Speak to Me, Volume 7 is here!
For Speak to Me, Volume 7, I chose a well-known song — “Message in a Bottle” by Sting. Sting, you are not alone in being alone. 🙂
I have always loved this song for the same reason that I love Paul Simon’s “Slip Slidin’ Away”: the sad subtext of the song is hidden beneath a shiny, upbeat pop surface. This song teaches us that you don’t always have to match the mood of the music to the meaning of the words. Setting up a contrast can make for a powerful transmission of ideas and emotion.
Structurally I love this song for its simplicity. Verse/Chorus, Verse/Chorus, Verse/Chorus. I know this is third-hand hearsay, but my friend Chuck Pickeral told me that he heard Sting speak about writing this song. He said Sting was a stickler for form, and he tried really hard to make a bridge to fit into this song. But as everything he was feeling forced, he realized that he had already said what he needed to say. This is a very important lesson!! There is no need to force something into a song just because form dictates it. Brevity is king in the three and a half minute pop song.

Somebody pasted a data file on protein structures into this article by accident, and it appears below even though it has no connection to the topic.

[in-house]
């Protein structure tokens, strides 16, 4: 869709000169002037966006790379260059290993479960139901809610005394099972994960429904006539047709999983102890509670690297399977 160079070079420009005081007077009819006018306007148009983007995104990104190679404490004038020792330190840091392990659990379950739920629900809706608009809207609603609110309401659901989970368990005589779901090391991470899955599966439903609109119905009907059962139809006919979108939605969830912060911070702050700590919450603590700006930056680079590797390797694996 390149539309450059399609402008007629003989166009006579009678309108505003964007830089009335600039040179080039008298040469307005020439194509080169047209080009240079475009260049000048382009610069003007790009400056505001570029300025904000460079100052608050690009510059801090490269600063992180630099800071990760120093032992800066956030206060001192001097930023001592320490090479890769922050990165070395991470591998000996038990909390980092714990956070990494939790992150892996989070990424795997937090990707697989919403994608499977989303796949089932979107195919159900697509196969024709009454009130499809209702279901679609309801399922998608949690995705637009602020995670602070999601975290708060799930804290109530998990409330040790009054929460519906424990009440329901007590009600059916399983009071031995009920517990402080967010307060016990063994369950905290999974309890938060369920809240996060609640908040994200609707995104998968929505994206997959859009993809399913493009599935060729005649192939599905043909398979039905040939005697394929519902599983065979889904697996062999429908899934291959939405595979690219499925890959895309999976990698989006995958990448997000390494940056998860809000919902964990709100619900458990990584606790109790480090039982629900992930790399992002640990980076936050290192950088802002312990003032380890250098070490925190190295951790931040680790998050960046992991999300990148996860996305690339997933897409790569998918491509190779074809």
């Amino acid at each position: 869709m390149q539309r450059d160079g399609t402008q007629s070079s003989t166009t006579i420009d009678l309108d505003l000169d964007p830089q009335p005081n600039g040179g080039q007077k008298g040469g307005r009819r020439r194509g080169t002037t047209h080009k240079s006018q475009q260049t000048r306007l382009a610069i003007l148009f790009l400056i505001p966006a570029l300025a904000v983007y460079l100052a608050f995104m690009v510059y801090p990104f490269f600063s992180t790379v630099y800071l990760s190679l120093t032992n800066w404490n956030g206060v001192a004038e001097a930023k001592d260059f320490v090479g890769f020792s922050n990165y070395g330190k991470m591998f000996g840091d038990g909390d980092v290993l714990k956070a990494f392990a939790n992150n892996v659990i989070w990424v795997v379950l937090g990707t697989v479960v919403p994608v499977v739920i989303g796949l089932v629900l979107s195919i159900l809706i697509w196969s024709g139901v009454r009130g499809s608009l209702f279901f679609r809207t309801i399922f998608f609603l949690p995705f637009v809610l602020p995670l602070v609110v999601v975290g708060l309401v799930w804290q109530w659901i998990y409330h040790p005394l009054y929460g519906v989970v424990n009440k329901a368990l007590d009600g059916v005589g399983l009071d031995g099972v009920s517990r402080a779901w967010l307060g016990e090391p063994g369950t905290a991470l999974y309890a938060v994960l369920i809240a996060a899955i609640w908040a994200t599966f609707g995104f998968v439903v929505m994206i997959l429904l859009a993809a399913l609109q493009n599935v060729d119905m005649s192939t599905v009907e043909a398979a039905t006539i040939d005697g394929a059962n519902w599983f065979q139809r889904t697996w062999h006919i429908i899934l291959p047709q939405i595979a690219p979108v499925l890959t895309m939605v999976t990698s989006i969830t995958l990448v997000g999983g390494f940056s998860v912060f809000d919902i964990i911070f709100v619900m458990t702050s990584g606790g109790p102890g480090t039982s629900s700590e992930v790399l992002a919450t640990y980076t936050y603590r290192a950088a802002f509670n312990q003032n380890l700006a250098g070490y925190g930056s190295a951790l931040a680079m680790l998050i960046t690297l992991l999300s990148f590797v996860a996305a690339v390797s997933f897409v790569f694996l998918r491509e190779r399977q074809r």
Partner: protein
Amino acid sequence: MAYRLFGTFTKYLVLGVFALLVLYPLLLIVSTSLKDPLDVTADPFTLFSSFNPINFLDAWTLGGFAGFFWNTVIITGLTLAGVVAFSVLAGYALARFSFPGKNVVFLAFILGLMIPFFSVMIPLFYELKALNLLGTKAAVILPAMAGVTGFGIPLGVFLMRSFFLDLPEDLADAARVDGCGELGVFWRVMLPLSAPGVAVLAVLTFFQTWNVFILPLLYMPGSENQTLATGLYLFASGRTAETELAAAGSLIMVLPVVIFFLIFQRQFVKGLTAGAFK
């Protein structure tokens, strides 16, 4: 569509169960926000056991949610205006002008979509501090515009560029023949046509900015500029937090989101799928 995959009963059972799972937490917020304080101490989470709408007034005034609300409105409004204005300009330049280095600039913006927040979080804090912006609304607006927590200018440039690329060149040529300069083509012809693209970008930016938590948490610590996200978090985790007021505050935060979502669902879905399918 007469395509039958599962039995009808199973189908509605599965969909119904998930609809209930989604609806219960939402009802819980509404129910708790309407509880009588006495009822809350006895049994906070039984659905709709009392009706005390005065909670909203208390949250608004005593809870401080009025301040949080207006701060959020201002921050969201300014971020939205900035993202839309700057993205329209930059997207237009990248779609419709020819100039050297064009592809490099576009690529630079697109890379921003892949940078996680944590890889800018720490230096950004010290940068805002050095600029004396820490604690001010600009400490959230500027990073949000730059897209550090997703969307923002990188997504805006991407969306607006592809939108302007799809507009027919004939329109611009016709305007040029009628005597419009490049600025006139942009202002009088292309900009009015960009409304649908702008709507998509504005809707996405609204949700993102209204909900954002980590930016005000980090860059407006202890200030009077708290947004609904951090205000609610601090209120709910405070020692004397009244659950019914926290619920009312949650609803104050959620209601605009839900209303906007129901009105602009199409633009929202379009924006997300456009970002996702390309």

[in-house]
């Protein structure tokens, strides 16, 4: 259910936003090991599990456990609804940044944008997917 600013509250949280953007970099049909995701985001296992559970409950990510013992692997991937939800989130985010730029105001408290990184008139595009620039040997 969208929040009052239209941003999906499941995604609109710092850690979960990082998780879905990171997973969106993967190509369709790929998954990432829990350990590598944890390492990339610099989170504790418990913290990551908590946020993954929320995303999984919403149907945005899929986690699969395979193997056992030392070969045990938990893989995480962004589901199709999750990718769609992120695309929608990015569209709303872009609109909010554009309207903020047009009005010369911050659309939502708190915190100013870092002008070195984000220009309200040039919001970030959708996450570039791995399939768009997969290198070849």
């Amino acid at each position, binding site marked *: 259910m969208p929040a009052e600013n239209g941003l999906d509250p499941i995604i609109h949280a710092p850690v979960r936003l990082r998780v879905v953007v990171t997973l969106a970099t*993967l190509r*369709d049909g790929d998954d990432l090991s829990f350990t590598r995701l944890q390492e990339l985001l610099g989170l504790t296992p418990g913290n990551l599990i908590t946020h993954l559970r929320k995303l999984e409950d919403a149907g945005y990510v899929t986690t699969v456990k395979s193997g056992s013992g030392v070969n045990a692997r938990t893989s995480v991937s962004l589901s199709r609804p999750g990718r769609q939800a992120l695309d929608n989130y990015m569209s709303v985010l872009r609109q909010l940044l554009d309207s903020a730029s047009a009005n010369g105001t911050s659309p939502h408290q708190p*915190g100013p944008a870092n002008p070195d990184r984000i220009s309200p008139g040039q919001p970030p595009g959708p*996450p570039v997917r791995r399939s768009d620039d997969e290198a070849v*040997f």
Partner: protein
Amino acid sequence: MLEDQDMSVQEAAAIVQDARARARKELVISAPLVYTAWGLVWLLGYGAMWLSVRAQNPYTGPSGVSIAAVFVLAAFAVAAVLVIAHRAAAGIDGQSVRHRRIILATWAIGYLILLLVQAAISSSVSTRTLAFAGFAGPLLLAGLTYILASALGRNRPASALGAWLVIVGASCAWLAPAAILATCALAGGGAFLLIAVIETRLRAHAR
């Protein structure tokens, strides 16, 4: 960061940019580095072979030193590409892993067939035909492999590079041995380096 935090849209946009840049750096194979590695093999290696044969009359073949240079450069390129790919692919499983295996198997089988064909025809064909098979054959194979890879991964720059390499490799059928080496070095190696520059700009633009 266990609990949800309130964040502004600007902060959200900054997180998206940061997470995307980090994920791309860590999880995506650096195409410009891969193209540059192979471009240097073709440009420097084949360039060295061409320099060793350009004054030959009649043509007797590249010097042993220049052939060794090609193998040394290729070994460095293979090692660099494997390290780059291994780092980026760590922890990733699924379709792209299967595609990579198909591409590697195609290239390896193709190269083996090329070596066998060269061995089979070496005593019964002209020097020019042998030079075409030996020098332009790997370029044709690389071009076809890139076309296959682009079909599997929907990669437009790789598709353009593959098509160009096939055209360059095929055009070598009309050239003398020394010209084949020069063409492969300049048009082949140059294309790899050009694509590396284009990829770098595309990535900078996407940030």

Speaking of three and a half minutes, I’m sure you noticed that my version of this song is really damn long. I hope you don’t mind going with me on a slightly longer journey! I was really tuning in to the loneliness and isolation here and remembering the times I have felt like that in my life. It’s quite a hypnotic and meditative when slowed down like this.
Finally, I love what Sting has done with chords transitioning from verse to chorus. Many times in pop songs we will see the verse anchored in a minor key, then the switch to the relative major at the chorus. Sting treats us to some different ear candy by beginning on the 3 minor: E minor, C, D, A minor is the pattern of the verse. We think we are in the key of E minor. But then when the chorus comes in on C major, it opens everything up and illustrates the hope he is daring to feel. Yummy.